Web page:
Brain Abnormalities Found In Chronic Fatigue Patients
Researchers have found distinct differences between the brains of patients with chronic fatigue syndrome and those of healthy people, according to a new study.
Findings of the study may lead to more definitive diagnoses of the syndrome and may also point to an underlying mechanism in the disease process, the press release added.
"Using a trio of sophisticated imaging methodologies, we found that CFS patients' brains diverge from those of healthy subjects in at least three distinct ways," said lead author Michael Zeineh, MD, PhD, assistant professor of radiology, in the press release.
More than 1 million individuals in the United States are affected by CFS. Coming up with a more precise number of cases is tough because it's difficult to actually diagnose the disease. While all CFS patients share a common symptom-crushing, unremitting fatigue that persists for six months or longer-the additional symptoms can vary from one patient to the next, and they often overlap with those of other conditions, the press release added.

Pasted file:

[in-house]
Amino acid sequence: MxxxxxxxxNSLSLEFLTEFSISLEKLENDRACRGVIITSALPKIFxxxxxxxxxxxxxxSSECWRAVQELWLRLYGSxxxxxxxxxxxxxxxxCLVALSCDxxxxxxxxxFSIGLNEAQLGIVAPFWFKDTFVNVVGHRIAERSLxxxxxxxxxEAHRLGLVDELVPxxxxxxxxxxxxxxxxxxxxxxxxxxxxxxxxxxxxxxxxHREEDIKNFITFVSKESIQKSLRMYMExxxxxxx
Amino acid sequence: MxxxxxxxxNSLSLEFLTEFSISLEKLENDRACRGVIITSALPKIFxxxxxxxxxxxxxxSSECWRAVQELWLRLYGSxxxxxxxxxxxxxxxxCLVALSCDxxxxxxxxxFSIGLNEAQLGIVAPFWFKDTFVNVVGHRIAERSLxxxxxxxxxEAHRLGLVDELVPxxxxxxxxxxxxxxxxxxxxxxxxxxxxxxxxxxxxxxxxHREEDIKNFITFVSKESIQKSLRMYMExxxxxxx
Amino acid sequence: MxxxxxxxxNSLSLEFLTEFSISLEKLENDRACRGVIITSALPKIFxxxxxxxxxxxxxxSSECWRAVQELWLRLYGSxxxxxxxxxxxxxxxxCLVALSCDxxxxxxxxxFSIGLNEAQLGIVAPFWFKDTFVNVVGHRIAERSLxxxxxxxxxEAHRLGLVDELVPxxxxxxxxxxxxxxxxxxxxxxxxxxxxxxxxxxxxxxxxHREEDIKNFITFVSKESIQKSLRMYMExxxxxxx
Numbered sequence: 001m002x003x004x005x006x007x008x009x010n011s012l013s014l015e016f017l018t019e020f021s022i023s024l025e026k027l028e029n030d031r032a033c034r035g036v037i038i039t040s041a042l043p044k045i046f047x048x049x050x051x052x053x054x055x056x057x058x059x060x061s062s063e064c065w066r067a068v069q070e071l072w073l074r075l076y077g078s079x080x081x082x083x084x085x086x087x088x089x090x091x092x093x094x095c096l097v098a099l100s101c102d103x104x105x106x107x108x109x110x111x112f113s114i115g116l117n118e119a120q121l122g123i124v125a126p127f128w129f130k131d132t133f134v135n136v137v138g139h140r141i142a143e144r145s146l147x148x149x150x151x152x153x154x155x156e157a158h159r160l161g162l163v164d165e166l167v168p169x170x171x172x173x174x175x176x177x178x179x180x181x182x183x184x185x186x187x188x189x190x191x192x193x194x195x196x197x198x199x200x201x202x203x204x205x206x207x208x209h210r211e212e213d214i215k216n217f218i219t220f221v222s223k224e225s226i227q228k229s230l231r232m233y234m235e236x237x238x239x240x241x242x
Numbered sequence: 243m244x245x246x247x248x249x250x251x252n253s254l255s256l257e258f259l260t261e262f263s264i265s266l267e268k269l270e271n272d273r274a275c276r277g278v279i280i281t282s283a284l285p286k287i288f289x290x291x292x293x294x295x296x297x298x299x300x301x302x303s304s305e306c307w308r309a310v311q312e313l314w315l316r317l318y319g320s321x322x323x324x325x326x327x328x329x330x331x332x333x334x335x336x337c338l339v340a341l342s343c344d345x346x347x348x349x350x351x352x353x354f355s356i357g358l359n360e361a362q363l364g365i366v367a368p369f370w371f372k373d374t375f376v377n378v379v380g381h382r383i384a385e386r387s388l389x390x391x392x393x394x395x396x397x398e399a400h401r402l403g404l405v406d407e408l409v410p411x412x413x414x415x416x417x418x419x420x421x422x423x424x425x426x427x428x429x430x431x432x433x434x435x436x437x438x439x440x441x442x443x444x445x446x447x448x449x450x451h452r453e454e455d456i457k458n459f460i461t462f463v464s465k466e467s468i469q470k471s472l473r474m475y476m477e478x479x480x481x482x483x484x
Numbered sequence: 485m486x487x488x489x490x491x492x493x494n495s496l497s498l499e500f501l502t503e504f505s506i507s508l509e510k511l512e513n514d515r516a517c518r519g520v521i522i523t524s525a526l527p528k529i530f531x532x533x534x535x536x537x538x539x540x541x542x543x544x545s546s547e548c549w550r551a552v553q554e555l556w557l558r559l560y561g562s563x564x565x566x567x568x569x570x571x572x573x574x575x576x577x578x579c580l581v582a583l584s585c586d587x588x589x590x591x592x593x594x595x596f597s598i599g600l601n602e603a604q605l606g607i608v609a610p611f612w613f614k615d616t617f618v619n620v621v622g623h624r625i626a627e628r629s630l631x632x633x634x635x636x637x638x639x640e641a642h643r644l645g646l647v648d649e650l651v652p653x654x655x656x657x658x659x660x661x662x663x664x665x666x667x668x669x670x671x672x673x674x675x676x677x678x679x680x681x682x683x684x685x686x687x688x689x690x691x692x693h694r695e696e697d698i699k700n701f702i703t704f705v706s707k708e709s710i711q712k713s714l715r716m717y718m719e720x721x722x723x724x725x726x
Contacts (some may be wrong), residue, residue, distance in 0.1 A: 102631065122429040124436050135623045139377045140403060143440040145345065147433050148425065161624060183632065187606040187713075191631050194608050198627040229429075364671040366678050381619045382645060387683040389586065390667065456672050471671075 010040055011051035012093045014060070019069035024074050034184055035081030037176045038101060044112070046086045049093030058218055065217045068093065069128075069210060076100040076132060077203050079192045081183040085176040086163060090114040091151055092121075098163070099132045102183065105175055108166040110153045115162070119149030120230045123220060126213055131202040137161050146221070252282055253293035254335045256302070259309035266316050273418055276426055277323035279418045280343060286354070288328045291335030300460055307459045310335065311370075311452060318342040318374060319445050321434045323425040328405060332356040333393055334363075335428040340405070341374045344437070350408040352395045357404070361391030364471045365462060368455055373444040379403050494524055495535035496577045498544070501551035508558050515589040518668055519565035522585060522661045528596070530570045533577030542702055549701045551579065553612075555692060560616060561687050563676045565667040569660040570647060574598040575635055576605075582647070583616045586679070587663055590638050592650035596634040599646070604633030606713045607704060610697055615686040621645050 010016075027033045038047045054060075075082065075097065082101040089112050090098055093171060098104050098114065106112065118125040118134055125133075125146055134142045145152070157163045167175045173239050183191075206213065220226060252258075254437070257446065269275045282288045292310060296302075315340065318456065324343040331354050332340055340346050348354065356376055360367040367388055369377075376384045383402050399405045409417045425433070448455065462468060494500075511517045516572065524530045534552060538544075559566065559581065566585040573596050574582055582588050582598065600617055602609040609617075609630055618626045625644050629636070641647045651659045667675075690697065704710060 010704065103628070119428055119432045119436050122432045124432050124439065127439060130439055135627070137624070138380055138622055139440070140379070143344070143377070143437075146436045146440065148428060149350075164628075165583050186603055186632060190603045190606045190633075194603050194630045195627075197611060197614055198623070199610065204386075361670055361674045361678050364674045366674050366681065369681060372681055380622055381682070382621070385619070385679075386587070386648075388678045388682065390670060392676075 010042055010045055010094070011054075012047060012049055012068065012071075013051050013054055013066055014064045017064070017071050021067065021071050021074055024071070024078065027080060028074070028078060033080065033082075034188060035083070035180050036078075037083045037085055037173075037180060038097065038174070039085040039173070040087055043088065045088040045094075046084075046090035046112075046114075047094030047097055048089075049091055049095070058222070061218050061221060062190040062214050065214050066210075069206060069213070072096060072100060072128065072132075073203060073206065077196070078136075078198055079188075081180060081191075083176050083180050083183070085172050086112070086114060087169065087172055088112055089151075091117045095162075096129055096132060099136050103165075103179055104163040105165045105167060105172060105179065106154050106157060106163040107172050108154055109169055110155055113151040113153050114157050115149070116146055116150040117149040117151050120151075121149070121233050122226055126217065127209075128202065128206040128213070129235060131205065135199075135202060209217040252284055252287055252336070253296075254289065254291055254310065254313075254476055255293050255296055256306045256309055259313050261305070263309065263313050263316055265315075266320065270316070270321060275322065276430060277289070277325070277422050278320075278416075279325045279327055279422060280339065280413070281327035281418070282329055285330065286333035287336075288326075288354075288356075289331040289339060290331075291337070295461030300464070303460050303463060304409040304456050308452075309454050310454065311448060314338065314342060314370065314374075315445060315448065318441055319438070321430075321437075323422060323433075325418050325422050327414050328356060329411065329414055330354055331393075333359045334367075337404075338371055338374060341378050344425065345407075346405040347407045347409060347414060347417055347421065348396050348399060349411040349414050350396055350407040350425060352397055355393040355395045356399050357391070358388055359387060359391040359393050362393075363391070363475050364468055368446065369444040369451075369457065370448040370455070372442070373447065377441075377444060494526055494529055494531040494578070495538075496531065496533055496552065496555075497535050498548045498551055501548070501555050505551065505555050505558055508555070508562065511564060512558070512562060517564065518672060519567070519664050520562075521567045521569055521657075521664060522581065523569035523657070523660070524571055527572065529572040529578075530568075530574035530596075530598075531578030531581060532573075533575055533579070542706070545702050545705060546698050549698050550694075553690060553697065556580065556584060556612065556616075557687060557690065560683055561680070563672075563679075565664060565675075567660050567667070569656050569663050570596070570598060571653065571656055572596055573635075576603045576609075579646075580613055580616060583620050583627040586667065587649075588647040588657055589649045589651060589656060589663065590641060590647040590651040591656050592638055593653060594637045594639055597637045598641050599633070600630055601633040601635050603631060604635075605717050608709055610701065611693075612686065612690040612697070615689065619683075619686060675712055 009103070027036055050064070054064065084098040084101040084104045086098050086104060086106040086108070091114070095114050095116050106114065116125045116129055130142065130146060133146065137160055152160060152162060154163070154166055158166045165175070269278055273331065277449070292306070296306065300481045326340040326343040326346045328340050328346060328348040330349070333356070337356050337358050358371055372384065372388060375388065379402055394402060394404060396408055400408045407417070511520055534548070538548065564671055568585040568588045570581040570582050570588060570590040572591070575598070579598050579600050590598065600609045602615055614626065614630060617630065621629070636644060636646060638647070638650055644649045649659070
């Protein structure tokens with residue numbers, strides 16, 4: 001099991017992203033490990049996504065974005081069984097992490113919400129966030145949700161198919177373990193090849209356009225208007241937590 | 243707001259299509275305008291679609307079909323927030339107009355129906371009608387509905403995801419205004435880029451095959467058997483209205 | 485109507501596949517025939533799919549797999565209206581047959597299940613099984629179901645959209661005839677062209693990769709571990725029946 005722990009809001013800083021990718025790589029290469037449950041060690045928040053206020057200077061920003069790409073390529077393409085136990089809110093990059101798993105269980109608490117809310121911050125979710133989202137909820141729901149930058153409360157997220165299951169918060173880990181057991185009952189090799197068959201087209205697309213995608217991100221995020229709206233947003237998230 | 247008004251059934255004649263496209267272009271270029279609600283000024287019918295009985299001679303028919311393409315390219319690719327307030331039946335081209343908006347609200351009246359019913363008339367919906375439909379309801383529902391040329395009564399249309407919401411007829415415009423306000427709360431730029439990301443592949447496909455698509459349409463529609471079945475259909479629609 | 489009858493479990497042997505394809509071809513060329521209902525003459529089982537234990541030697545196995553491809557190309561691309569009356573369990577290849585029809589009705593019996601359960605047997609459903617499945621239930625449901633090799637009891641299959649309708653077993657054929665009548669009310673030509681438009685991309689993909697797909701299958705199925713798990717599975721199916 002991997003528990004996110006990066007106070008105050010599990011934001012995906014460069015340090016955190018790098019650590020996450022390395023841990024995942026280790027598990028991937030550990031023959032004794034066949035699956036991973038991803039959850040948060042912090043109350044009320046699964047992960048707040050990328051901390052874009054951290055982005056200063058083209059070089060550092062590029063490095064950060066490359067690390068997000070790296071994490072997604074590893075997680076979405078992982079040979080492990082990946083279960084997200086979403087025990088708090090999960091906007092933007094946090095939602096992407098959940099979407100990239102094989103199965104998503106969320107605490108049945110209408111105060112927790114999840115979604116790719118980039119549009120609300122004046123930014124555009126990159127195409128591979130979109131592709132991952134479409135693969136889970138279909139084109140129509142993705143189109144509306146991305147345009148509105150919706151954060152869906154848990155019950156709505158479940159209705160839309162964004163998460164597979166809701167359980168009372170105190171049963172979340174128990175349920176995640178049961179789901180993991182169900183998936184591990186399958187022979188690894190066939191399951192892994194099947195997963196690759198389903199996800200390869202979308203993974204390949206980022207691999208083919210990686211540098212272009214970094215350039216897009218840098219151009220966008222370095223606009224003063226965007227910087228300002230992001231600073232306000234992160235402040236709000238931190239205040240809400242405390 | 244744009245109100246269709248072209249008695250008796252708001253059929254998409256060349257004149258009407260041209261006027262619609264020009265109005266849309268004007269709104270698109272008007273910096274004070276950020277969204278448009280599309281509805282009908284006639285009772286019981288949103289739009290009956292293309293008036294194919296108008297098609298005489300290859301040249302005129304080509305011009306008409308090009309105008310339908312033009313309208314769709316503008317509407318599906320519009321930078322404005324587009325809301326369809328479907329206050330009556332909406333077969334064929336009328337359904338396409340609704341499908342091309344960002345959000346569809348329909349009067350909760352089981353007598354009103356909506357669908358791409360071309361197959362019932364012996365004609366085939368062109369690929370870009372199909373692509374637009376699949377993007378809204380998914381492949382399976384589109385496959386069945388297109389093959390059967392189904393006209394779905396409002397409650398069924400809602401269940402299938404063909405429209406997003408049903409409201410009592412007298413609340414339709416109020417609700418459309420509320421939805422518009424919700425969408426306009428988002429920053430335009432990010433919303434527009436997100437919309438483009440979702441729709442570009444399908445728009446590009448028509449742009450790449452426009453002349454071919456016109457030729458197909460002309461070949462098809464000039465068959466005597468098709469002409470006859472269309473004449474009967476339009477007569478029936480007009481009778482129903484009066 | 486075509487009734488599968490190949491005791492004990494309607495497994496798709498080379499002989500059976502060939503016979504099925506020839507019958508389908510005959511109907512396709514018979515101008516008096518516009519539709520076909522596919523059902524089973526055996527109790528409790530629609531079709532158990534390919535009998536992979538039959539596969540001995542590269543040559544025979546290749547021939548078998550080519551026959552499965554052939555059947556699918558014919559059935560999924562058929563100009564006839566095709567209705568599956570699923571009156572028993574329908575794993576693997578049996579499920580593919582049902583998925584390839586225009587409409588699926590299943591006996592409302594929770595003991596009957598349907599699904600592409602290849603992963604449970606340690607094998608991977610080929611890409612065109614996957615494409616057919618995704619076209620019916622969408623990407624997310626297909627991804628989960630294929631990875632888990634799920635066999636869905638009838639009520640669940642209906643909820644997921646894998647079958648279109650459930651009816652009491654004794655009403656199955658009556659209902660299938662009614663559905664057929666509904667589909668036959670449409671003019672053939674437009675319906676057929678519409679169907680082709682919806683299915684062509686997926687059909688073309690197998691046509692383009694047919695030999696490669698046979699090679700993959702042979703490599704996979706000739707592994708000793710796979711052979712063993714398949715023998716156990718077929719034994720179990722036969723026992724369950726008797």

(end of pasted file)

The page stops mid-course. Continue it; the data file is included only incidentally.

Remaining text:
"CFS is one of the greatest scientific and medical challenges of our time," said the study's senior author, Jose Montoya, MD, professor of infectious diseases and geographic medicine, in the press release. "Its symptoms often include not only overwhelming fatigue but also joint and muscle pain, incapacitating headaches, food intolerance, sore throat, enlargement of the lymph nodes, gastrointestinal problems, abnormal blood-pressure and heart-rate events, and hypersensitivity to light, noise or other sensations."
The study is published in the journal Radiology.